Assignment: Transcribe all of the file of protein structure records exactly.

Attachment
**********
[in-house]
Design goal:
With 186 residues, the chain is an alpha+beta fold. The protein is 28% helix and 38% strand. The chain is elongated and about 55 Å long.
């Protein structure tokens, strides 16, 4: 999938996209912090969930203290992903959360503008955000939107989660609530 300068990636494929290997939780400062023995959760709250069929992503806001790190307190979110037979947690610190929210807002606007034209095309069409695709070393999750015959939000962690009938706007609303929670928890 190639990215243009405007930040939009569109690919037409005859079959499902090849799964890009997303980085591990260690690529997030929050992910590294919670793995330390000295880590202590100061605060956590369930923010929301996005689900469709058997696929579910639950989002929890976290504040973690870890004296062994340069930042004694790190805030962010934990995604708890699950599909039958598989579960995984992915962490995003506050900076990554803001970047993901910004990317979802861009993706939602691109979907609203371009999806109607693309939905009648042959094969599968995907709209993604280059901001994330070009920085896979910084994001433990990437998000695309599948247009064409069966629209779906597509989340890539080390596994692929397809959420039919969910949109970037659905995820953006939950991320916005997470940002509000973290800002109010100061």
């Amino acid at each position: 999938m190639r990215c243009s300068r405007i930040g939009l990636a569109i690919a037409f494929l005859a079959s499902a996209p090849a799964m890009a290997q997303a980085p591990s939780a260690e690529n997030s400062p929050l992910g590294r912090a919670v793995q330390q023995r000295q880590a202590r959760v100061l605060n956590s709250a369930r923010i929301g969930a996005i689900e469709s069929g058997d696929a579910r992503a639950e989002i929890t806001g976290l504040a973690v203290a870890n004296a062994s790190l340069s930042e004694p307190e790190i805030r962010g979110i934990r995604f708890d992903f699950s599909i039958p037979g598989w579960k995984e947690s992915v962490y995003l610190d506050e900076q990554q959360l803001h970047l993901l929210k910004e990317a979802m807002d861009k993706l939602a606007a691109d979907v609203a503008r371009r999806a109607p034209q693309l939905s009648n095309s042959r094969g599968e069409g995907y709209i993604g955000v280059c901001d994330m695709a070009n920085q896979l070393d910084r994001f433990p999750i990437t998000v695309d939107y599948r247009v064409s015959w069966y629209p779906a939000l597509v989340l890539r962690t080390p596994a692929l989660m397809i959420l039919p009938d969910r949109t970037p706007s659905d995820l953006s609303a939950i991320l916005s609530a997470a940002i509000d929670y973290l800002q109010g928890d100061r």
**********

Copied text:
[in-house]
Design goal:
With 186 residues, the chain is an alpha+beta fold. The protein is 28% helix and 38% strand. The chain is elongated and about 55 Å long.
């Protein structure tokens, strides 16, 4: 999938996209912090969930203290992903959360503008955000939107989660609530 300068990636494929290997939780400062023995959760709250069929992503806001790190307190979110037979947690610190929210807002606007034209095309069409695709070393999750015959939000962690009938706007609303929670928890 190639990215243009405007930040939009569109690919037409005859079959499902090849799964890009997303980085591990260690690529997030929050992910590294919670793995330390000295880590202590100061605060956590369930923010929301996005689900469709058997696929579910639950989002929890976290504040973690870890004296062994340069930042004694790190805030962010934990995604708890699950599909039958598989579960995984992915962490995003506050900076990554803001970047993901910004990317979802861009993706939602691109979907609203371009999806109607693309939905009648042959094969599968995907709209993604280059901001994330070009920085896979910084994001433990990437998000695309599948247009064409069966629209779906597509989340890539080390596994692929397809959420039919969910949109970037659905995820953006939950991320916005997470940002509000973290800002109010100061």
């Amino acid at each position: 999938m190639r990215c243009s300068r405007i930040g939009l990636a569109i690919a037409f494929l005859a079959s499902a996209p090849a799964m890009a290997q997303a980085p591990s939780a260690e690529n997030s400062p929050l992910g590294r912090a919670v793995q330390q023995r000295q880590a202590r959760v100061l605060n956590s709250a369930r923010i929301g969930a996005i689900e469709s069929g058997d696929a579910r992503a639950e989002i929890t806001g976290l504040a973690v203290a870890n004296a062994s790190l340069s930042e004694p307190e790190i805030r962010g979110i934990r995604f708890d992903f699950s599909i039958p037979g598989w579960k995984e947690s992915v962490y995003l610190d506050e900076q990554q959360l803001h970047l993901l929210k910004e990317a979802m807002d861009k993706l939602a606007a691109d979907v609203a503008r371009r999806a109607p034209q693309l939905s009648n095309s042959r094969g599968e069409g995907y709209i993604g955000v280059c901001d994330m695709a070009n920085q896979l070393d910084r994001f433990p999750i990437t998000v695309d939107y599948r247009v064409s015959w069966y629209p779906a939000l597509v989340l890539r962690t080390p596994a692929l989660m397809i959420l039919p009938d969910r949109t970037p706007s659905d995820l953006s609303a939950i991320l916005s609530a997470a940002i509000d929670y973290l800002q109010g928890d100061r």